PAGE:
In 2005, Sirleaf and Weah ran for president. In the first round, Weah and Sirleaf were the top vote getters, with Weah receiving 275,265 (28.3%) to Sirleaf’s 192,326 (19.8%). In the second round, Weah received 327,046 (40.6%) to Sirleaf’s 478,526 (59.4%). Weah got just more than 50,000 more votes in the second round compared to Sirleaf’s additional 286,000, more than doubling her first round tally. Weah accused Sirleaf of ballot stuffing, but Sirleaf called them “lies” and said that Weah’s supporters, “just don’t want a woman to be President in Africa.”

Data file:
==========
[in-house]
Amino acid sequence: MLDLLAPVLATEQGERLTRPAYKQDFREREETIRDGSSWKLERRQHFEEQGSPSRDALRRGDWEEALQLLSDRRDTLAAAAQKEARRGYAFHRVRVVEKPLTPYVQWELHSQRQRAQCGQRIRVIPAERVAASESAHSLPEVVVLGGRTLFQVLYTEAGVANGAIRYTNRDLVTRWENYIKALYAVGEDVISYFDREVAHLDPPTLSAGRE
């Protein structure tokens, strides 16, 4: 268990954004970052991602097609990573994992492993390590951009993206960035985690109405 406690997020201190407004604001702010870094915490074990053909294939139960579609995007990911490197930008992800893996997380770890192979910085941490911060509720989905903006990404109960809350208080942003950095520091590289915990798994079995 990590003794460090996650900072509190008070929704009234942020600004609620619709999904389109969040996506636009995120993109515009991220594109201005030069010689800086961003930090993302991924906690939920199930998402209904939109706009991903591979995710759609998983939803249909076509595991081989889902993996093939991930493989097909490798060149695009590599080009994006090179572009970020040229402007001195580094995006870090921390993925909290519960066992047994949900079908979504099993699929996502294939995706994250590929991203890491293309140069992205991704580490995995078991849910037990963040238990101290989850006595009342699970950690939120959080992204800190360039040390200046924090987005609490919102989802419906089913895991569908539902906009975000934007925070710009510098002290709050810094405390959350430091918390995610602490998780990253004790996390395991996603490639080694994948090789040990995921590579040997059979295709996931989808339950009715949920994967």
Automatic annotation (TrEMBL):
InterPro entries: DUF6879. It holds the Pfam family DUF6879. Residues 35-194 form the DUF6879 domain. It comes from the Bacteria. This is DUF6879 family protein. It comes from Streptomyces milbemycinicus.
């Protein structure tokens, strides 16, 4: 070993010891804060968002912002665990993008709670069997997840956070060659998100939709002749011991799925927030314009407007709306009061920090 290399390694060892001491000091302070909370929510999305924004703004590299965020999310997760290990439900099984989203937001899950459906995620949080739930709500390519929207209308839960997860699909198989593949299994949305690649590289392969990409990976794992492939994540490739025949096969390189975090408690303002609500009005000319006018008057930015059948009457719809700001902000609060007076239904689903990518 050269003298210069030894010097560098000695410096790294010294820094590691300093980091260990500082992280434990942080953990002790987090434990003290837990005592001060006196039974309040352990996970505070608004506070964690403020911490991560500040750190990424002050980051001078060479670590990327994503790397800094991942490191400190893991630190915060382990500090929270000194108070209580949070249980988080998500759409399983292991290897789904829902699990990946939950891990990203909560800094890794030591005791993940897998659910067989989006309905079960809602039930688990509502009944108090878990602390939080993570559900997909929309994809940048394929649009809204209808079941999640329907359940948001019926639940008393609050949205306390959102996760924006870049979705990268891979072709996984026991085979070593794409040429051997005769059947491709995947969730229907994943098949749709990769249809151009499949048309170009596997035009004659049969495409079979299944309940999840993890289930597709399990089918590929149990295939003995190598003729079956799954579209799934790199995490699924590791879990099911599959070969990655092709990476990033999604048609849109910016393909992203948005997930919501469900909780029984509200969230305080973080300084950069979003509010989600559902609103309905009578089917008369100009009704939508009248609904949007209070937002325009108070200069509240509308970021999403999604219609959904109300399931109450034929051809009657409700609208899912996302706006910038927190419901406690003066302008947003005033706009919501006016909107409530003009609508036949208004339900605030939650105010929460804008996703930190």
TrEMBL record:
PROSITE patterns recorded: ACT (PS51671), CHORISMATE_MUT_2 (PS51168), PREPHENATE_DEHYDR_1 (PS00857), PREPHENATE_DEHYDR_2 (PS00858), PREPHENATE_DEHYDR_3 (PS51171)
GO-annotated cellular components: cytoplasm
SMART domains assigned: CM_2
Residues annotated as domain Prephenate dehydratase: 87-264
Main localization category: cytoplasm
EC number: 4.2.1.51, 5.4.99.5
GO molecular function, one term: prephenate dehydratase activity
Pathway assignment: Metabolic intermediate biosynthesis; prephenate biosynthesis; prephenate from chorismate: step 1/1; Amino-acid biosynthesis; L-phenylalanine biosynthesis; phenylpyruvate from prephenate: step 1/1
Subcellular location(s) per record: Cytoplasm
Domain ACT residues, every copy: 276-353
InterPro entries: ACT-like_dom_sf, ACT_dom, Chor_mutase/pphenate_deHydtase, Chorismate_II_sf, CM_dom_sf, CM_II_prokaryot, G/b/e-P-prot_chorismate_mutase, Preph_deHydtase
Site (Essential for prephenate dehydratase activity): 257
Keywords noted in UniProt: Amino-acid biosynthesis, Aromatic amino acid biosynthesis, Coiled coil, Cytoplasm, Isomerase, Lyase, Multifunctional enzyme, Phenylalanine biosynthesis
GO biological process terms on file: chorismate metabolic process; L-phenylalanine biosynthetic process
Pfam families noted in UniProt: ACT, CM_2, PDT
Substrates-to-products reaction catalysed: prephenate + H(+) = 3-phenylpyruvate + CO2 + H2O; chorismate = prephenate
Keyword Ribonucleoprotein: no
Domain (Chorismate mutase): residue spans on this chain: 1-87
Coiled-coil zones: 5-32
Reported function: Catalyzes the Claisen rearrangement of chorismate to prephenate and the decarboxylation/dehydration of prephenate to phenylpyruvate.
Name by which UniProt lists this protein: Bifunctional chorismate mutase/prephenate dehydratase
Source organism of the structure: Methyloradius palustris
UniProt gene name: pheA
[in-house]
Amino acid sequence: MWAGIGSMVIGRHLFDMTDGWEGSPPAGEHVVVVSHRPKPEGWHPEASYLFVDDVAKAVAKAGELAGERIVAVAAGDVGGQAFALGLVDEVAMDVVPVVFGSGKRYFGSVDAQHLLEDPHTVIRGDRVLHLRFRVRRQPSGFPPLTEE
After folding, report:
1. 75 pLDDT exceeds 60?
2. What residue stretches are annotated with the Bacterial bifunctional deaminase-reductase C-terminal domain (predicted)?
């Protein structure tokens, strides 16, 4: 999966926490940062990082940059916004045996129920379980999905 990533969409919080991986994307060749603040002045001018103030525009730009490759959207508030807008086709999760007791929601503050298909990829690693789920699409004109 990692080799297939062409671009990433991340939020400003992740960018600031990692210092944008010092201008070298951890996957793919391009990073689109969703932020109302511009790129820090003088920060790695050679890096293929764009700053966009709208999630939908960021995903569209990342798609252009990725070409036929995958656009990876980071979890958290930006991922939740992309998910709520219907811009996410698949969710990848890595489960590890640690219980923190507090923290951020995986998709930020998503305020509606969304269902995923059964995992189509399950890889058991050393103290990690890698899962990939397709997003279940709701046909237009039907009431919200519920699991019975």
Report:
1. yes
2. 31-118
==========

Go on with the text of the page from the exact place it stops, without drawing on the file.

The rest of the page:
Most election observers, including those from the Carter Center, the United Nations, the European Union and the Economic Community of West African States said that election was clean and transparent. Weah needed only 72 extra votes for every 100 extra votes for Sirleaf in order to win the runoff. In the event, Sirleaf received 572 extra votes for every 100 received by Weah. In an election where one candidate gets 3 votes for every 2 for the opponent in 47% of the electorate, it is strange indeed that the proportions are reversed to 5.7 to 1 in the other 33%.
What exactly would be the explanation for the people of Liberia to turn massively against an idol and rally to a long-time political hack?
One of the accusations leveled against Weah during the campaign was that he didn’t have enough education to run the country. Weah responded that those with education seem to have done a pretty poor job.